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Friday Forward - Bait & Switch (#406)
Too many of the hottest companies of the 2010s set prices that were unsustainable. Today, we're seeing the results of that trend.
Recently, I took what felt like a fairly expensive Uber ride from the San Francisco airport. Ridesharing used to be far less expensive than taking a taxi, but that is not the case anymore; in many places, it’s equally expensive, if not more.
However, despite the price hikes, the driver shared that he was struggling to make a profit lately. He said Uber is now taking more than 50% of the fee for many of his rides in an effort to cover their costs.
This shift in ridesharing mirrors a dynamic visible in industries as varied as grocery delivery, cloud services and video streaming. Customers who were initially hooked by bargain rates now find their bills ballooning as all these services raise prices.
The streaming example is particularly striking. Though streaming was positioned as a disruptor to the cable bundle, I know many people today are longing to return to those bundle days, rather than paying for 10 different streaming services that now cumulatively cost more than cable ever did.
This trend is not a coincidence. The attractively low prices that many of these businesses debuted with were never sustainable, as they didn’t even cover the cost of running those companies. Now that we have seemingly left the age of abundant, cheap capital, investors aren’t willing to let companies operate in the red in perpetuity. Hence, rampant price increases.
These services aren’t valueless, but it’s hard to deny that many of these companies would never have attracted as many customers had they entered the market with the higher prices we see today. Customers were drawn to those services for the low price offered, not for the price needed to keep the company going. This reality calls into question the fundamental viability of these business models.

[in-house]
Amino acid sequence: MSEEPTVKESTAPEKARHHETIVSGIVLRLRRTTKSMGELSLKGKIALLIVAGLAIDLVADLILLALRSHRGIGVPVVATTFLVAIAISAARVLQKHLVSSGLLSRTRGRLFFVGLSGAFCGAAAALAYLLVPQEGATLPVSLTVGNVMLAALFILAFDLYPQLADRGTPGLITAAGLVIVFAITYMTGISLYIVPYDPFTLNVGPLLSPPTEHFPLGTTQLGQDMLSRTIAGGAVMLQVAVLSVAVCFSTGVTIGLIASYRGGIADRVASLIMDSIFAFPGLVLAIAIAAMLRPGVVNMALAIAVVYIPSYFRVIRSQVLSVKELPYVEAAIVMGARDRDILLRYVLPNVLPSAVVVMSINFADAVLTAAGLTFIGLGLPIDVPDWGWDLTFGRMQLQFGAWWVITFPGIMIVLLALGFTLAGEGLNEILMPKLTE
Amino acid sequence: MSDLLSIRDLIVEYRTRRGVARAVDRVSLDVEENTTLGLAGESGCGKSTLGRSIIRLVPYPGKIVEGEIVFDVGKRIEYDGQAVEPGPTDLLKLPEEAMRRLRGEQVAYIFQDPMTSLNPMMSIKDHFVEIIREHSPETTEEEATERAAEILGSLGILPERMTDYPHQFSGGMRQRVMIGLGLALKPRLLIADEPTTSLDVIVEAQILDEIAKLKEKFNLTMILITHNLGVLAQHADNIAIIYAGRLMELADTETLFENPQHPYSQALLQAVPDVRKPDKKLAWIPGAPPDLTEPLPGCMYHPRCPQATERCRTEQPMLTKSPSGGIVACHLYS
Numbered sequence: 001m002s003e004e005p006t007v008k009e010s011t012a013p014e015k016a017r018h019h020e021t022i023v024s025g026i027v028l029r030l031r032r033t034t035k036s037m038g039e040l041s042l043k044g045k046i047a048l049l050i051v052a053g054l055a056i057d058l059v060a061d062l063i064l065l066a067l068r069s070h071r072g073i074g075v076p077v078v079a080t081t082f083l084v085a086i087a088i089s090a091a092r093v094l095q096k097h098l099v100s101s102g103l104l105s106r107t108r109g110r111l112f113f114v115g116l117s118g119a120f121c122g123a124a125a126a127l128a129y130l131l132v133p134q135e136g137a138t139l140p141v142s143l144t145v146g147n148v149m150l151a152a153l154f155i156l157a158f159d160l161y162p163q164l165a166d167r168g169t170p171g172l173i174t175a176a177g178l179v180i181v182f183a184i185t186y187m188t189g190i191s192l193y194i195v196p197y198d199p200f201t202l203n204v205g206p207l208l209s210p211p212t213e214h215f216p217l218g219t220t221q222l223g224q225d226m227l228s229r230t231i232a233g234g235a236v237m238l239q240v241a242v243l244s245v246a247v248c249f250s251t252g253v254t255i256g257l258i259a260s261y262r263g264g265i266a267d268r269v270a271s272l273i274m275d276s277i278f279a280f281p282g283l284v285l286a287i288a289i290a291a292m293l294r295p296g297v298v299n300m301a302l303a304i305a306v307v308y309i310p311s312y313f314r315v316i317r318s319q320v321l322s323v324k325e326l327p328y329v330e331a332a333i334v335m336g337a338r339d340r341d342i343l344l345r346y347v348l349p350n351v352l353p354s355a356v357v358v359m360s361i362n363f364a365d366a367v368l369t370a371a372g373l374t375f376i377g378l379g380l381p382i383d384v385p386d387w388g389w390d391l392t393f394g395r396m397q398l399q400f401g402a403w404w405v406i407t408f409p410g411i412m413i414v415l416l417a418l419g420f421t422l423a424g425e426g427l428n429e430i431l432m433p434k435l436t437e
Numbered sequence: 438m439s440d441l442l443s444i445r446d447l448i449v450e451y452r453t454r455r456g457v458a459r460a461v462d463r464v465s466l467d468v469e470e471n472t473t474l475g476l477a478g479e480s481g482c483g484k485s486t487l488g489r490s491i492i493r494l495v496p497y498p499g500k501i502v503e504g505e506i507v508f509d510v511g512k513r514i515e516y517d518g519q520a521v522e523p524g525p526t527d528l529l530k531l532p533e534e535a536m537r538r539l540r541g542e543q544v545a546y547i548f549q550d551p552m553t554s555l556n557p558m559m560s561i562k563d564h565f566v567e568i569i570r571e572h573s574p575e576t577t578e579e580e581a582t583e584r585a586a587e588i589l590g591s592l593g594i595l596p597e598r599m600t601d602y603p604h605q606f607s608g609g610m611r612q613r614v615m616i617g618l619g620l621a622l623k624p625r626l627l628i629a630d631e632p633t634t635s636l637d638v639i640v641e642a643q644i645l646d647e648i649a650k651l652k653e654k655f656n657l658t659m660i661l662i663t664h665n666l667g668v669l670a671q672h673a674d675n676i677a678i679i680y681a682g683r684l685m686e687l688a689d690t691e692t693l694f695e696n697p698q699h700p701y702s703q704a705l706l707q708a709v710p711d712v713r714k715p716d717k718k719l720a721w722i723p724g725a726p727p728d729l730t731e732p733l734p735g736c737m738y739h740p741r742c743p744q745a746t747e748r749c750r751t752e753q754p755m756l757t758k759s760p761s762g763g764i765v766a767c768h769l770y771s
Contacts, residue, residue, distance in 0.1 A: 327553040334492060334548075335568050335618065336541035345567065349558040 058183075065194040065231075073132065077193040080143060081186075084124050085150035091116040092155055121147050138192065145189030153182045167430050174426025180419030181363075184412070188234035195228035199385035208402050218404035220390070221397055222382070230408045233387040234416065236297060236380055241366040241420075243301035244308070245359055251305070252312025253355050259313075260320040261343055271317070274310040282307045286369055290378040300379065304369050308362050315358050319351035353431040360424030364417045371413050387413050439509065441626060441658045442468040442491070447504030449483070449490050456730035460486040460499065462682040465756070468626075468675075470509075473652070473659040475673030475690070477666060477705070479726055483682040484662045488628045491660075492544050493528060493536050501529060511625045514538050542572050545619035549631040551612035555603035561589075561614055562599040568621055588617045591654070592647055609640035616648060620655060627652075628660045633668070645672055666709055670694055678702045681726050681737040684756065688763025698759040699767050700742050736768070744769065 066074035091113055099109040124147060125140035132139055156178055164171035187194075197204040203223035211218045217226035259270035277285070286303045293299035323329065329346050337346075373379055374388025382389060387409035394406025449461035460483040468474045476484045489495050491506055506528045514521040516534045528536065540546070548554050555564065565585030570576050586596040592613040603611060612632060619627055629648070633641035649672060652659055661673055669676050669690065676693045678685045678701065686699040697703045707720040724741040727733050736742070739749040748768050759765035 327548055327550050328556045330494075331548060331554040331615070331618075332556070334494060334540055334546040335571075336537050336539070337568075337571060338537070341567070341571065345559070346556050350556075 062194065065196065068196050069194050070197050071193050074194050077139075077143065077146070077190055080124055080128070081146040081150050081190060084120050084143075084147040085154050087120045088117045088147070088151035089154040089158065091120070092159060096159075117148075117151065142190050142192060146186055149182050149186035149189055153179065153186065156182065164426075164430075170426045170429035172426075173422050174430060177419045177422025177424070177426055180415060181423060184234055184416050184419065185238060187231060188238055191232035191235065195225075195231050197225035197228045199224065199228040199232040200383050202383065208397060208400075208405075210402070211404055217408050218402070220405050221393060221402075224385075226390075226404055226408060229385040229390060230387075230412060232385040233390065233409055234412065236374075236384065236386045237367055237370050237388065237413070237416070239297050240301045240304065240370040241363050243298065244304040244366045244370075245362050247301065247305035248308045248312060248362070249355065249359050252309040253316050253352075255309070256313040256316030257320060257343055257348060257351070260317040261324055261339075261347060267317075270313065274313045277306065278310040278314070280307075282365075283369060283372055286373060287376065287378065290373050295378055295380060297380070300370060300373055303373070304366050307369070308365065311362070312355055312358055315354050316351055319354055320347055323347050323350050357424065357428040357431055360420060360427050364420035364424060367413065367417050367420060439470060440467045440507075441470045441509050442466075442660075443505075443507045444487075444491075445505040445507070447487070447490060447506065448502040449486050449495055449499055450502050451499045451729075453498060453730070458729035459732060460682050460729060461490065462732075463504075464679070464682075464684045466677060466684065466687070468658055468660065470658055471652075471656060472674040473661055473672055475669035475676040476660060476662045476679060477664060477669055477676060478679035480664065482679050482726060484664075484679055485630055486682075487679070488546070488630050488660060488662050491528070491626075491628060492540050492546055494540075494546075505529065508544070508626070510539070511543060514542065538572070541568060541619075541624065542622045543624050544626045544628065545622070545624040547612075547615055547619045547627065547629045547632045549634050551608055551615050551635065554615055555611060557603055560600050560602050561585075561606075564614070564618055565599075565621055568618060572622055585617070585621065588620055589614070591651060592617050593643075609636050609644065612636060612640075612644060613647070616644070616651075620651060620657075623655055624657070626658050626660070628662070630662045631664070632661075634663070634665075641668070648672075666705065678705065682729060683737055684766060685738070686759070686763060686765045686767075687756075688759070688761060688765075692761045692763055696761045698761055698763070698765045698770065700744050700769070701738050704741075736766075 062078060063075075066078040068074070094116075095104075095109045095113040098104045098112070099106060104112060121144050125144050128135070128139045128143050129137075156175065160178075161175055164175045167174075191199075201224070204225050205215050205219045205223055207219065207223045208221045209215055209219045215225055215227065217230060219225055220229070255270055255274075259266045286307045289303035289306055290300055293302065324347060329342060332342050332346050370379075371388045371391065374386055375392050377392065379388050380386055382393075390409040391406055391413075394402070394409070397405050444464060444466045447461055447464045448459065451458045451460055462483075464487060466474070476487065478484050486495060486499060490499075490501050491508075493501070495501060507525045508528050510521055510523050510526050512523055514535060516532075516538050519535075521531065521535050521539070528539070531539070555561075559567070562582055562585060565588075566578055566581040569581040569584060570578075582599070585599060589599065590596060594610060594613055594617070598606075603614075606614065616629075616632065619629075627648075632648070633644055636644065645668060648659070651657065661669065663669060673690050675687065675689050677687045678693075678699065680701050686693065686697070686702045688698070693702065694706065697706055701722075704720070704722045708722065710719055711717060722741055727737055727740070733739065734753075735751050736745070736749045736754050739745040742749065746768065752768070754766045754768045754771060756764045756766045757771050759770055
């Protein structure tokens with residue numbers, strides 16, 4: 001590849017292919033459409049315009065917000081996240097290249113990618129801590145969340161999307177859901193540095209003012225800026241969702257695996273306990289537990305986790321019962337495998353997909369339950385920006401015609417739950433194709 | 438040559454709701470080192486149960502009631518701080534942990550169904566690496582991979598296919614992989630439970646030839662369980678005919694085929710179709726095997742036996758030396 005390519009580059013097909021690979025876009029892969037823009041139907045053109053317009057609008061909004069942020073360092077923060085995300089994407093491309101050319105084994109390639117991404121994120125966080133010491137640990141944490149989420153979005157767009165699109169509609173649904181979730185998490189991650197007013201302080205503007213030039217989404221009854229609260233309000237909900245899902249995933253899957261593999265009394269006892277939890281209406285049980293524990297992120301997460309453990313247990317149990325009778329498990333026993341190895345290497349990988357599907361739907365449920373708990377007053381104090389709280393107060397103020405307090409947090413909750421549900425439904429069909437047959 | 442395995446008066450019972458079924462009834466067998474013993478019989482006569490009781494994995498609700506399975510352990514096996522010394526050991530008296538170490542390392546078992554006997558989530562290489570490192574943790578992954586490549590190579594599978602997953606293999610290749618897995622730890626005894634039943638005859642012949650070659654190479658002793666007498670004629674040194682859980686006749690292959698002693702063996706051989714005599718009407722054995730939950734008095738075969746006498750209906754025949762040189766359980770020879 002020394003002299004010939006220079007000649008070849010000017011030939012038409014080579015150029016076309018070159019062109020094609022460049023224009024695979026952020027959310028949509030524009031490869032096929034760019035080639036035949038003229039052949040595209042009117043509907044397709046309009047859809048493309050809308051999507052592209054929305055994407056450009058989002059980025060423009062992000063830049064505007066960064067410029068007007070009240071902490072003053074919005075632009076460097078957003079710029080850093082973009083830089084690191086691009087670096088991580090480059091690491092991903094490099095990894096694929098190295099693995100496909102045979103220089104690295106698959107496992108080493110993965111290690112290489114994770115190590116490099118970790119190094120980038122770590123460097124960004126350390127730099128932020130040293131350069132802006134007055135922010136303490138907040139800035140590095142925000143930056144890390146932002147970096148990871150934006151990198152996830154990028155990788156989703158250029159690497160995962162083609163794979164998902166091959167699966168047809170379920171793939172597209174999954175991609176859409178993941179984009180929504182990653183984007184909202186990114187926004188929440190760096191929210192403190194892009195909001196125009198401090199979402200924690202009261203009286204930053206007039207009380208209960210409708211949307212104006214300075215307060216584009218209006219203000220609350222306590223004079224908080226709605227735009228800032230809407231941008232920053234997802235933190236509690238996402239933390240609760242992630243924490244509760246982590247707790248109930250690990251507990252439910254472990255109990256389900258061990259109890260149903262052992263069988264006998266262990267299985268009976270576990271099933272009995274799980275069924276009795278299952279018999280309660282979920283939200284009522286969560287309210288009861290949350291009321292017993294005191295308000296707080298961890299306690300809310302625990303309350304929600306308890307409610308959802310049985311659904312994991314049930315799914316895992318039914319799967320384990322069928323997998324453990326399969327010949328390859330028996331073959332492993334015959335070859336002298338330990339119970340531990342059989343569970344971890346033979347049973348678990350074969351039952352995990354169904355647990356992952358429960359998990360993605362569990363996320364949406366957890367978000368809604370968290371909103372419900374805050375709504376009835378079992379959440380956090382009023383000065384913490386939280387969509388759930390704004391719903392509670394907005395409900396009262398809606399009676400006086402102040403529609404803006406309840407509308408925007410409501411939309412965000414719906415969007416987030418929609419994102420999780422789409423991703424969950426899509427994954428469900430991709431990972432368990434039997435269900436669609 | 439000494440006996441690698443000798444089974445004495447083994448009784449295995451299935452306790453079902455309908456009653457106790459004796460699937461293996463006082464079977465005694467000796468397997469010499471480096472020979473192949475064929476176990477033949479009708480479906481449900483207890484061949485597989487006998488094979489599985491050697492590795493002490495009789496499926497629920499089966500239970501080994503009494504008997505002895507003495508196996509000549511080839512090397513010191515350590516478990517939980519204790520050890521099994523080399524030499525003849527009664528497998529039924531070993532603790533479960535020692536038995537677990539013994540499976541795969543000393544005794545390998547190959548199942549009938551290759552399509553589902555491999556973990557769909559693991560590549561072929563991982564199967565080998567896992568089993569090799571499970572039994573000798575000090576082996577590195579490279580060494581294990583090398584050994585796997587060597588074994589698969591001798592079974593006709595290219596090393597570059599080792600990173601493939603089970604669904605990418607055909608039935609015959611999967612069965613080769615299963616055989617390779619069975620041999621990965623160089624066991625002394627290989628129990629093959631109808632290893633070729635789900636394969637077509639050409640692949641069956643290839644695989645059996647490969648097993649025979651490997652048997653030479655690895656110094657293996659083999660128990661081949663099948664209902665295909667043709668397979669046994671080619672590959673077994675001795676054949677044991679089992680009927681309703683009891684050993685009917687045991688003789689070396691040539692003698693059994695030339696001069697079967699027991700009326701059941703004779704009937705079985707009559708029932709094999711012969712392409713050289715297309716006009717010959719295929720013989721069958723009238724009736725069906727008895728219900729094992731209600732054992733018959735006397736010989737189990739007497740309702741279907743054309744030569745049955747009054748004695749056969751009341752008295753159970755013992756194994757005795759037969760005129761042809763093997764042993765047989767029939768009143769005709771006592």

The businesses that endure in the long run are ones that can attract customers with sustainable pricing that ensures healthy margins for the company. Many of the hottest companies of the 2010s didn’t meet that standard.
Sustainable pricing impacts both product/service providers and customers. Let’s examine each.
Impact For Product/Service Providers
Price is a neutral indicator of value. You need to charge a sustainable price to discover if customers value your product enough for your business to be viable in the long run.
For example, let’s say you run a delivery business that charges a 10% service fee. Customers love your pricing and sign up in droves; unfortunately, your company requires a 30% fee to generate a sustainable profit. Wouldn’t you want to know sooner rather than later whether customers are willing to pay the 30% you need? If they aren’t, you don’t have a business—you essentially have a Ponzi scheme that may collapse as capital runs low and growth slows.
Similarly, if you have a competitor that sets unsustainably low prices to win market share, don’t race them to the bottom by slashing prices, as that’s a no-win game. Stand your ground and work on demonstrating superior value.
Impact For Customers
As a customer, it always feels good to get a deal even if you know the price isn’t sustainable. It’s fine to accept that bargain, as long as you understand you’ll either get less than you expected, or you’ll eventually see a price hike.
We have seen this at Acceleration Partners time and again. Every so often, a competitor swoops in offering a prospect six months of work for free. We often attempt to dissuade the client from going this route for all the reasons above. Typically, the competitor that offers free work overloads their staff with more accounts than they can handle—often up to 30 per person—and the results are so poor that the prospective client doesn’t want to even try again with another agency at all.
I am always surprised when clients are surprised by this outcome. Offering services for free does not indicate a position of quality or strength—often, it hints at desperation.
Customers should be wary of demanding unsustainable prices that leave their vendors stretched perilously thin. However, I have seen far too many procurement departments who do exactly that, heavily prioritizing price over value. Getting a low price is great in the short-term, but the customer will inevitably suffer in the long run when the vendor’s business erodes because they can’t deliver a quality product or service at that price.
We all want a good deal, but sometimes we find ourselves being penny wise and pound foolish, resulting in poor outcomes for everyone involved.
Quote of The Week
"If a deal sounds like it’s too good to be true, it probably is." - Author Unknown
Have a great weekend!